The Old Enum Switcharoo

Code Snippets, .NET comments edit

Some friends of mine at work, Vish and Peter, found this one.  It's tasty.

We work on a web application that has a lot of external dependencies.  Generally speaking, we have pretty decent luck upgrading these external dependencies when the interfaces don't change - swap in the new assembly for the old one, do any binding redirects or what-have-you, and you're off.  Unfortunately, one particular upgrade wasn't working too well and we had a heck of a time figuring out why.

The problem was in a particular switch statement that was based on an enumeration value.  We get the value from the external dependency then pass it through the switch statement so we know how to behave based on the value.  The problem we were seeing was that we could watch the logging through the system, see that all the way through the service layer everything was fine, then suddenly when it hit our application, our app was receiving the wrong value.  There wasn't any serialization problem, there wasn't any caching issues, it was just somehow getting the wrong value.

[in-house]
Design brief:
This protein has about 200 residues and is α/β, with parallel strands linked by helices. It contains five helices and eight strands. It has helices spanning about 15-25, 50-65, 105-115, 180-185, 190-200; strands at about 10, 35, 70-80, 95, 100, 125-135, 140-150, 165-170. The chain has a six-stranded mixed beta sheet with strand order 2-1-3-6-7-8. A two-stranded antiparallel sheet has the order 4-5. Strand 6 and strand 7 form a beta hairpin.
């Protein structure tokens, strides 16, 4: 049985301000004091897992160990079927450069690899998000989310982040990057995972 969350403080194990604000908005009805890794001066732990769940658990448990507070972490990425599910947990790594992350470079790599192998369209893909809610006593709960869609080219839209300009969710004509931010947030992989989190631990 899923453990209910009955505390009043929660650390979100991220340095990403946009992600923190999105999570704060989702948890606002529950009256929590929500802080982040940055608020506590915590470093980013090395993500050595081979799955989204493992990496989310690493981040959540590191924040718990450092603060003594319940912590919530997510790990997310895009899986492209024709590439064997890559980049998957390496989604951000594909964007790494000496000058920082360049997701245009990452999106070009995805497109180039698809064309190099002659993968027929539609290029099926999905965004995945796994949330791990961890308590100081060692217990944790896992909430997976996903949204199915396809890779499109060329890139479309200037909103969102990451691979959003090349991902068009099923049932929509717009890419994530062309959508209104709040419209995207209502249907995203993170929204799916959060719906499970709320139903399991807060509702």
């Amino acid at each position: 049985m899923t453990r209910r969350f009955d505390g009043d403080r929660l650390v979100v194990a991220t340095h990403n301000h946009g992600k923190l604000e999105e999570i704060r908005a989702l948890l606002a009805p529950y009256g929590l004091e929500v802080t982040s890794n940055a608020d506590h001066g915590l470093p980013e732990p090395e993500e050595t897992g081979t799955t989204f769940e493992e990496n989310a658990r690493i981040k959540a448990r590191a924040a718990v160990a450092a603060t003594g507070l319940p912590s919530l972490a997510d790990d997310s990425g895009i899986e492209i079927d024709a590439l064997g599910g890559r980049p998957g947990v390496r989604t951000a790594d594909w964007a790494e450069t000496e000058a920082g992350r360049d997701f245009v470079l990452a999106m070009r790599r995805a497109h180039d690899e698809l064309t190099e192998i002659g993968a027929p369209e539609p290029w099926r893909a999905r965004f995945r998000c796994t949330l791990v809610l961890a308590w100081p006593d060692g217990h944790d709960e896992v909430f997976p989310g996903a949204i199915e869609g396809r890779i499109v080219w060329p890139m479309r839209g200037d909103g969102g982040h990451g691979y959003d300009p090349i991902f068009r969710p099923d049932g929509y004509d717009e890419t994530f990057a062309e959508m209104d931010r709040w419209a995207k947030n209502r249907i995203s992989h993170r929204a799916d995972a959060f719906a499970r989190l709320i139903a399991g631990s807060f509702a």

The answer lies in what I'm going to call "The Old Enum Switcharoo."

Turns out that if a third party dependency changes the order of an enumeration, that's an interface-breaking change.  Even if they don't add or remove any values - just re-order the same values inside it (which is exactly what happened to us) - things fall apart.

I put together a reproduction so you can see what's going on.  It's a small console application that has an external dependency with three enumeration values.  Instructions for how to build/run your own repro are included in the source file; I've also included two folders with pre-built binaries so you can just run it and witness, if that's all you're up for.  Here's what it looks like:

The Old Enum Switcharoo - in
action!

Go ahead and grab the reproduction code here:

Reproduction Code for The Old Enum Switcharoo [EnumSwitcharoo.zip - 15KB]

The solution to the problem is to either get the external dependency to put their enumeration back (which is a possibility for us, since we control it) or recompile your application against the new version of the dependency.

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